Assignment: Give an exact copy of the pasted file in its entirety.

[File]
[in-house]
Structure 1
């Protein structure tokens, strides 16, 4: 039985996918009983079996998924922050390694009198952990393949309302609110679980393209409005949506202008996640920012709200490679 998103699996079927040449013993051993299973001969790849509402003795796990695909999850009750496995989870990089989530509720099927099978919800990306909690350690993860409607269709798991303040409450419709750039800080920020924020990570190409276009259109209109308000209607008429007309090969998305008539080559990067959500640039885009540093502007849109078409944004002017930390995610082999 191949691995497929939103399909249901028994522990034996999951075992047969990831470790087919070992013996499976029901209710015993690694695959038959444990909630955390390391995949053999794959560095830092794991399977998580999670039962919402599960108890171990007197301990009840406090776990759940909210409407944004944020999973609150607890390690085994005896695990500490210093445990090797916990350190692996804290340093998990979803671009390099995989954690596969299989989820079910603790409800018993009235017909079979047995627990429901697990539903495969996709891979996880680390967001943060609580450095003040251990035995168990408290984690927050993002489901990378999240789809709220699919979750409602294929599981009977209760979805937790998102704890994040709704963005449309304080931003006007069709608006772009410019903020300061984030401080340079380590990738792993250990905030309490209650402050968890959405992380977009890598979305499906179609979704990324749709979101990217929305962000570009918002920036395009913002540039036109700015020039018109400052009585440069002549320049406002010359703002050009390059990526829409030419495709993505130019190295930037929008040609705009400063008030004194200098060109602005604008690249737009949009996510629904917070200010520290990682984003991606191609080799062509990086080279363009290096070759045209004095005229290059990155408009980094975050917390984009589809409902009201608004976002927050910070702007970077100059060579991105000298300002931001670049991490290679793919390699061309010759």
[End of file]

[in-house]
Structure 1
């Protein structure tokens, strides 16, 4: 039985996918009983079996998924922050390694009198952990393949309302609110679980393209409005949506202008996640920012709200490679 998103699996079927040449013993051993299973001969790849509402003795796990695909999850009750496995989870990089989530509720099927099978919800990306909690350690993860409607269709798991303040409450419709750039800080920020924020990570190409276009259109209109308000209607008429007309090969998305008539080559990067959500640039885009540093502007849109078409944004002017930390995610082999 191949691995497929939103399909249901028994522990034996999951075992047969990831470790087919070992013996499976029901209710015993690694695959038959444990909630955390390391995949053999794959560095830092794991399977998580999670039962919402599960108890171990007197301990009840406090776990759940909210409407944004944020999973609150607890390690085994005896695990500490210093445990090797916990350190692996804290340093998990979803671009390099995989954690596969299989989820079910603790409800018993009235017909079979047995627990429901697990539903495969996709891979996880680390967001943060609580450095003040251990035995168990408290984690927050993002489901990378999240789809709220699919979750409602294929599981009977209760979805937790998102704890994040709704963005449309304080931003006007069709608006772009410019903020300061984030401080340079380590990738792993250990905030309490209650402050968890959405992380977009890598979305499906179609979704990324749709979101990217929305962000570009918002920036395009913002540039036109700015020039018109400052009585440069002549320049406002010359703002050009390059990526829409030419495709993505130019190295930037929008040609705009400063008030004194200098060109602005604008690249737009949009996510629904917070200010520290990682984003991606191609080799062509990086080279363009290096070759045209004095005229290059990155408009980094975050917390984009589809409902009201608004976002927050910070702007970077100059060579991105000298300002931001670049991490290679793919390699061309010759």